Love Well, Lead Faithfully
Have you found yourself in a place where you’ve struggled to love well and lead faithfully? In this episode, Pastor Glenn Packiam addresses the most pressing questions for today’s leaders, and shares personal experiences and practical strategies pastors can use to become resilient and avoid burnout in a rapidly changing world.
Resiliency During Challenges
New Life Church went through a difficult stretch 15 years ago—between leadership changes and tragedies, New Life Church leadership experienced a lot of pain in a short period. What helped was digging into their first love, and returning to worship and prayer.
During the journey towards healing, Glenn was surprised by how many people stayed with New Life and rallied to weather the crisis together as a community.
When responding to challenges, new directions and transitions ultimately lead to fatigue. Glenn’s most important lesson in resilience was to be followers of Jesus. Glenn recalls that when Jesus returns and visits Peter, he asks, “Do you love me?” three times—he doesn’t call Peter back through love for a mission, teaching, people, or miracles in this story— instead, it’s a love for Jesus. For Glenn, that love is what sustains and gives strength during difficult times.
Responding To Burnout
When people go through a crisis, Glenn points out that it stretches them to find creative ways to keep going. But after a while, the initial adrenaline rush from the crisis wears off. The surge of energy vanishes, leaving issues or hurt in its place. That is burnout.
Glenn advises responding to burnout by changing the mindset from consumer to community. In a consumer mindset, individuals want their needs served first. With a community mindset, however, the focus is instead on taking care of each other and lasting through the long haul. When communities work together, serve each other, and put others’ needs in front of their own, they can truly thrive.
Preventing Burnout Before It Happens
Henri Nouwen said, “Burnout might be the psychological phrase for spiritual death.” There are layers to burnout within our mental, emotional, and spiritual health. Spiritual burnout happens when we find ourselves giving and giving, and not taking time to be renewed ourselves.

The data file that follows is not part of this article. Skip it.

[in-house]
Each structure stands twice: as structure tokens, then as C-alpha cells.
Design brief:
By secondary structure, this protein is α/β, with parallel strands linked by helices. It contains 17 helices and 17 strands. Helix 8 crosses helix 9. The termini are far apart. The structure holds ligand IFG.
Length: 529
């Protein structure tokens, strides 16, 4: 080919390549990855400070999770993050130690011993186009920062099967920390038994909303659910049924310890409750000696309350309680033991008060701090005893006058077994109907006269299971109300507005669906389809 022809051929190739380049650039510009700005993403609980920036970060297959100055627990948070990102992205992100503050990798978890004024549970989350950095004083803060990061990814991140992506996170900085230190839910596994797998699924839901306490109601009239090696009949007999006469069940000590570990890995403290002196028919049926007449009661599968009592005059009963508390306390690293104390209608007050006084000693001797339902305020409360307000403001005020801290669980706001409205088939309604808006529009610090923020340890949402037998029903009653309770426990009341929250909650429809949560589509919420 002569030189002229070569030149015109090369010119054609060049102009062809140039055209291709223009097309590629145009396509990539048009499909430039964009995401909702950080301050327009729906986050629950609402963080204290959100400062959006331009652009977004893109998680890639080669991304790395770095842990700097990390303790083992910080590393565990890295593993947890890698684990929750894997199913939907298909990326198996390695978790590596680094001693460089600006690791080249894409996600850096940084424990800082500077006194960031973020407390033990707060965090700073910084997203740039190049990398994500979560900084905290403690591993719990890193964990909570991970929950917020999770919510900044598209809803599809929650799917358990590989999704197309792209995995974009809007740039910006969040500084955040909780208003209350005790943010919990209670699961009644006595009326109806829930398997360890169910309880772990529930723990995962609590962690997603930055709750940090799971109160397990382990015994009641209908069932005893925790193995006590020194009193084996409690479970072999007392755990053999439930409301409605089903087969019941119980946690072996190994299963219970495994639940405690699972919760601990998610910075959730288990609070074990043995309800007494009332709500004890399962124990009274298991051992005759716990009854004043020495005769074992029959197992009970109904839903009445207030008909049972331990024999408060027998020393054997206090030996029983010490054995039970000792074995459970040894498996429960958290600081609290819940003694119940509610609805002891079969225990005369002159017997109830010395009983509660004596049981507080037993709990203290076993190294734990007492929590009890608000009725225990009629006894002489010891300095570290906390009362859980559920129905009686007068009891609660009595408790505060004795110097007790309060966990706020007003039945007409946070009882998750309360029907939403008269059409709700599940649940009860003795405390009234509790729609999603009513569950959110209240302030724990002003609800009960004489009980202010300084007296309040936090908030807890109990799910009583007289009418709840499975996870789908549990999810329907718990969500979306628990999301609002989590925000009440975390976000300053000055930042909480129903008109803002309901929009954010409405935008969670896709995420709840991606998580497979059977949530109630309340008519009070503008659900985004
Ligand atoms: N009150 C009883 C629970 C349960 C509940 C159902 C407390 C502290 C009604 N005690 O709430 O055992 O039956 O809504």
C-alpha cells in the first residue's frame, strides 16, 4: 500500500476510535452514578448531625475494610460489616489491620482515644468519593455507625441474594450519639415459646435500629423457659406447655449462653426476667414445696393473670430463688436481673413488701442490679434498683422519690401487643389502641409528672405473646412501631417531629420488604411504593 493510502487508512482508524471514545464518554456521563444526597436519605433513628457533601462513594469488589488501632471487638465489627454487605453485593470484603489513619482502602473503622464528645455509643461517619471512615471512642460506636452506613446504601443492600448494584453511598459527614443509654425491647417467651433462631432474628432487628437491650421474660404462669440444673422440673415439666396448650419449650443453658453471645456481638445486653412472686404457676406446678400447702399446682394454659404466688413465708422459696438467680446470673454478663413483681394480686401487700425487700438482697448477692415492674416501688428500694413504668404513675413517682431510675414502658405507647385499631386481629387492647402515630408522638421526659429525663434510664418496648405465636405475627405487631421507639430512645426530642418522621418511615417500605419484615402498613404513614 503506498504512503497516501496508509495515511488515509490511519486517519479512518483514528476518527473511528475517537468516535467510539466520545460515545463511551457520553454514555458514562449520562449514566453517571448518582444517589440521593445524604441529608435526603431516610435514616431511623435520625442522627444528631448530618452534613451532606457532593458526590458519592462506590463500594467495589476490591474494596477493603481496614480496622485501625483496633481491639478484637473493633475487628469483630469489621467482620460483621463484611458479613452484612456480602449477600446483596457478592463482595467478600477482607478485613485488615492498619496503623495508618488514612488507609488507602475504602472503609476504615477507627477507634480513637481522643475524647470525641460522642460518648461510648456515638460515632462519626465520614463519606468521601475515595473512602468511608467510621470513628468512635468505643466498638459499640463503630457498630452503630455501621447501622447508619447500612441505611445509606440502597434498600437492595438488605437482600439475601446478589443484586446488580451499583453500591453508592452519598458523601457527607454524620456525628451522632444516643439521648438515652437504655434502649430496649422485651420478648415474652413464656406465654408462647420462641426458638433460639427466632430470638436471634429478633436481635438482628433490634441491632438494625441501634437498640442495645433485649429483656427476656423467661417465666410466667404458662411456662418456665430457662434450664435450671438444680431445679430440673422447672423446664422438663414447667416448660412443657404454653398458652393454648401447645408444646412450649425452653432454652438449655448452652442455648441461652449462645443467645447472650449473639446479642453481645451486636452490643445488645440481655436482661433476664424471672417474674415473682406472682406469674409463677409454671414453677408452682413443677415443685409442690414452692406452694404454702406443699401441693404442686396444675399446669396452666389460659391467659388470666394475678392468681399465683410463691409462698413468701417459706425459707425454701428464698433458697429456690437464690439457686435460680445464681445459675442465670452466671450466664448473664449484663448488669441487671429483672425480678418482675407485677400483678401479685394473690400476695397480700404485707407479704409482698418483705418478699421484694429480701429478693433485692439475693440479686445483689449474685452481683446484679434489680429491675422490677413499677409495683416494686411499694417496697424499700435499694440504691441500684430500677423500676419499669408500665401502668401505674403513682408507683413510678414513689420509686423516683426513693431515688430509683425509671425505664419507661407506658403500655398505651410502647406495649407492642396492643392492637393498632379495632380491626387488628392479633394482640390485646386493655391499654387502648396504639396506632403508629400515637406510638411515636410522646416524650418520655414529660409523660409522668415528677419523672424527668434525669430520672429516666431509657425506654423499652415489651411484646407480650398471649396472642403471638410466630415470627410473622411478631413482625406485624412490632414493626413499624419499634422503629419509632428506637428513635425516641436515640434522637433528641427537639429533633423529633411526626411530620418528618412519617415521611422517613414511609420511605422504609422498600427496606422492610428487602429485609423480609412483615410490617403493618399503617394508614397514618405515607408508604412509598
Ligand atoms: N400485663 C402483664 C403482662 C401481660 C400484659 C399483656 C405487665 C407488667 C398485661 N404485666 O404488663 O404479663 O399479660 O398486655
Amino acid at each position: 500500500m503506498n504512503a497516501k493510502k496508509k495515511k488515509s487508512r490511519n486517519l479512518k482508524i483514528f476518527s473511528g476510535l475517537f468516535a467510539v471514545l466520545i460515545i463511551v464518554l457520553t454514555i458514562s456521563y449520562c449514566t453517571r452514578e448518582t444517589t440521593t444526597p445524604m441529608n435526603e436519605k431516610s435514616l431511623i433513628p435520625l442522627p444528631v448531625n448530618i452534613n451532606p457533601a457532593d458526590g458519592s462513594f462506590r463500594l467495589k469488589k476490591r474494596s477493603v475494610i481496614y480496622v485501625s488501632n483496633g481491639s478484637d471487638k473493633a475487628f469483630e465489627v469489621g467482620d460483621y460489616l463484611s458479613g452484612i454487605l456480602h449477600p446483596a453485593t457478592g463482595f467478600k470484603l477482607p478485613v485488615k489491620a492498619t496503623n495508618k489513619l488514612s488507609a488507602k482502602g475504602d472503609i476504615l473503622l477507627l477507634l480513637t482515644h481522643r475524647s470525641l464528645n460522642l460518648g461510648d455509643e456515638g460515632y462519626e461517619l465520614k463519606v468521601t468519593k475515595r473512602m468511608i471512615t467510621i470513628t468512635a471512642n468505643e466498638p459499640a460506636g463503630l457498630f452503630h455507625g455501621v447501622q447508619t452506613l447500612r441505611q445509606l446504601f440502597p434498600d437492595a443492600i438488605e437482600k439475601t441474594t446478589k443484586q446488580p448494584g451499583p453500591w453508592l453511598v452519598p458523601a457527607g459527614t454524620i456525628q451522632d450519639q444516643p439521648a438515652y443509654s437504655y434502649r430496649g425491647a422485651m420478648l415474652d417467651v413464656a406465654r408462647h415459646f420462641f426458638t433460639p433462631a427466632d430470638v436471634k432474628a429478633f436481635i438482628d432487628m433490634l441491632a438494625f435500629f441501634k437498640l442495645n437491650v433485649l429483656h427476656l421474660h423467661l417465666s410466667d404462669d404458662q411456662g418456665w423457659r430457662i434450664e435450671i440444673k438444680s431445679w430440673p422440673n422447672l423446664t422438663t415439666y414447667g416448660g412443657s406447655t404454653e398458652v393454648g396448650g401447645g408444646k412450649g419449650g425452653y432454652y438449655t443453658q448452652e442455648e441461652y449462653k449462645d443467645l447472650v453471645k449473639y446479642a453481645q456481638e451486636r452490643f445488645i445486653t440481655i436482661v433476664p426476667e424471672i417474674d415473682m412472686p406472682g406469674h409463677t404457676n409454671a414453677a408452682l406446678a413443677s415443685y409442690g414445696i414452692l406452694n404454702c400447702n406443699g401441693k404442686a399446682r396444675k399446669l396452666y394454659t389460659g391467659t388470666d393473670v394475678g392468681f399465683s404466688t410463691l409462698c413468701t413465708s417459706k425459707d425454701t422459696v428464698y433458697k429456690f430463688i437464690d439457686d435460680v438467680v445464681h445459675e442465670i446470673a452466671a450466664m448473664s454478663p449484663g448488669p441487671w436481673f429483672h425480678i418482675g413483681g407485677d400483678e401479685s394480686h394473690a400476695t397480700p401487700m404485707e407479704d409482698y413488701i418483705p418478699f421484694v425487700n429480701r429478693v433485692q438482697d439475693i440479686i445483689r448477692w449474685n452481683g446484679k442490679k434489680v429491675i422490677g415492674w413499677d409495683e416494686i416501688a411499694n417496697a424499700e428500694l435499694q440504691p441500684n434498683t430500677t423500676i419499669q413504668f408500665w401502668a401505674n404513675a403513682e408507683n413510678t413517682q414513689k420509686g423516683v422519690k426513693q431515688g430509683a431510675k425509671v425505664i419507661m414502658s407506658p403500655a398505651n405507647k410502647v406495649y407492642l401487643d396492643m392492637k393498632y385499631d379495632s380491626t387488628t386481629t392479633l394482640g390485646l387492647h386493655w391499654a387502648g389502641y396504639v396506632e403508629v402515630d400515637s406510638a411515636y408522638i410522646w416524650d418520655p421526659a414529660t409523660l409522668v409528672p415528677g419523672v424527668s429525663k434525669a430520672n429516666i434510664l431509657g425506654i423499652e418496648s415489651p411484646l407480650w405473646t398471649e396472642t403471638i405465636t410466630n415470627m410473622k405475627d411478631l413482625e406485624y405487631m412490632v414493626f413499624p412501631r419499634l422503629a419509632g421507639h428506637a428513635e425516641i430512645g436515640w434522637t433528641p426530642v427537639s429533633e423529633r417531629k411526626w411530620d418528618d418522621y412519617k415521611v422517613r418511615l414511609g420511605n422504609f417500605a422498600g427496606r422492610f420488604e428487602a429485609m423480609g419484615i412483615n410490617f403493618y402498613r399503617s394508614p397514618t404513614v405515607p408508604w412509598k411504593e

So what can leaders do to prevent burnout?
First, leaders need to take responsibility for their own spiritual life and health. Glenn advises that leaders sometimes need to drink from a different wellin crisis years. For modern evangelical churches, a refreshing drink could be a visit to a traditional church, or a day of solitude. Glenn explains that there is only one “water table,” one Holy Spirit, and one Jesus Christ, but everyone receives refreshment in different ways.
Another way that Glenn discovered to prevent burnout is by establishing rhythms and routines for sabbath. A practical way to apply this is to create a team of pastors who share the role of teaching at the church. With a team of teaching pastors, each pastor can come into a sermon with renewed energy and fresh ideas instead of one pastor churning out new sermons week after week.
Using Tools To Reduce Burnout
Glenn believes that most people tend to think of technology as a tool to do something with. But technology has evolved so much that it’s no longer just a tool—it’s a place.
For example, Facebook, Instagram, and YouTube are places where people gather. People are on these platforms constantly (an average of 2 hours a day!), and leaders have an opportunity to reach people and meet people where they already are.
Some people fear that technology can have a depersonalizing effect, but leaders have the power to shape technology and how it’s used to be more human. Perspective matters: Church systems aren’t data management, they’re about shepherding people. Instead of seeing the notes as cold facts and figures, leaders can view them as names and stories.
We Have Hope Beyond Burnout
When faced with burnout or stress, Glenn reminds leaders that we all have hope for this life and beyond. The reason for hope is that Jesus has risen from the dead.
After studying the Word, Glenn found that we are never truly in an unprecedented age. In every season, there are echoes of familiarity from other eras. The risen Jesus is still at work in His church. He is still active. So it is up to us to trust in Him and steward our moment and our community faithfully.
For more resources and help around burnout in the Church, visit:
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